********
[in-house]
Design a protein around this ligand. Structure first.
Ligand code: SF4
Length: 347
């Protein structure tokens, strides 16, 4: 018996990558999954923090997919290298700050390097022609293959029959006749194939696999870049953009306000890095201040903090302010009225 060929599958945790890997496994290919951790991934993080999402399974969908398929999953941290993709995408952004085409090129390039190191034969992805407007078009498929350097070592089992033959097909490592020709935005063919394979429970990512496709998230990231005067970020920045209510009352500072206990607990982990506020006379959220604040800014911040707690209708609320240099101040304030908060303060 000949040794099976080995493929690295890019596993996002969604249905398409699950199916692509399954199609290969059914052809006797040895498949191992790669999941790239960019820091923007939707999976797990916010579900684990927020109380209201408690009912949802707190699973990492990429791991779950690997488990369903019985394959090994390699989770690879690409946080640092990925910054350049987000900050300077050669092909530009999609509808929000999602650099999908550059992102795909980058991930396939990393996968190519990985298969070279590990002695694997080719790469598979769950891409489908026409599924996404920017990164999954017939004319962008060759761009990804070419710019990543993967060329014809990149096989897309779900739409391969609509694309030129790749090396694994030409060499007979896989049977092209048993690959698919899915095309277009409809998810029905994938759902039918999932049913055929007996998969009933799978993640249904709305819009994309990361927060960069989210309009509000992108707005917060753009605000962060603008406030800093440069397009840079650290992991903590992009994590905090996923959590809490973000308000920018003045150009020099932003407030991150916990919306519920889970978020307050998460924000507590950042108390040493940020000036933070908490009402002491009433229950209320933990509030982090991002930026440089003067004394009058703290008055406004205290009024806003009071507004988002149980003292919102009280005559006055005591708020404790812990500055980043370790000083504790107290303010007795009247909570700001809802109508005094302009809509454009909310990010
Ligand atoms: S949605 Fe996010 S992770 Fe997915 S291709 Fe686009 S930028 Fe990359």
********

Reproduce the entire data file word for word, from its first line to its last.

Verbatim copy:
[in-house]
Design a protein around this ligand. Structure first.
Ligand code: SF4
Length: 347
């Protein structure tokens, strides 16, 4: 018996990558999954923090997919290298700050390097022609293959029959006749194939696999870049953009306000890095201040903090302010009225 060929599958945790890997496994290919951790991934993080999402399974969908398929999953941290993709995408952004085409090129390039190191034969992805407007078009498929350097070592089992033959097909490592020709935005063919394979429970990512496709998230990231005067970020920045209510009352500072206990607990982990506020006379959220604040800014911040707690209708609320240099101040304030908060303060 000949040794099976080995493929690295890019596993996002969604249905398409699950199916692509399954199609290969059914052809006797040895498949191992790669999941790239960019820091923007939707999976797990916010579900684990927020109380209201408690009912949802707190699973990492990429791991779950690997488990369903019985394959090994390699989770690879690409946080640092990925910054350049987000900050300077050669092909530009999609509808929000999602650099999908550059992102795909980058991930396939990393996968190519990985298969070279590990002695694997080719790469598979769950891409489908026409599924996404920017990164999954017939004319962008060759761009990804070419710019990543993967060329014809990149096989897309779900739409391969609509694309030129790749090396694994030409060499007979896989049977092209048993690959698919899915095309277009409809998810029905994938759902039918999932049913055929007996998969009933799978993640249904709305819009994309990361927060960069989210309009509000992108707005917060753009605000962060603008406030800093440069397009840079650290992991903590992009994590905090996923959590809490973000308000920018003045150009020099932003407030991150916990919306519920889970978020307050998460924000507590950042108390040493940020000036933070908490009402002491009433229950209320933990509030982090991002930026440089003067004394009058703290008055406004205290009024806003009071507004988002149980003292919102009280005559006055005591708020404790812990500055980043370790000083504790107290303010007795009247909570700001809802109508005094302009809509454009909310990010
Ligand atoms: S949605 Fe996010 S992770 Fe997915 S291709 Fe686009 S930028 Fe990359």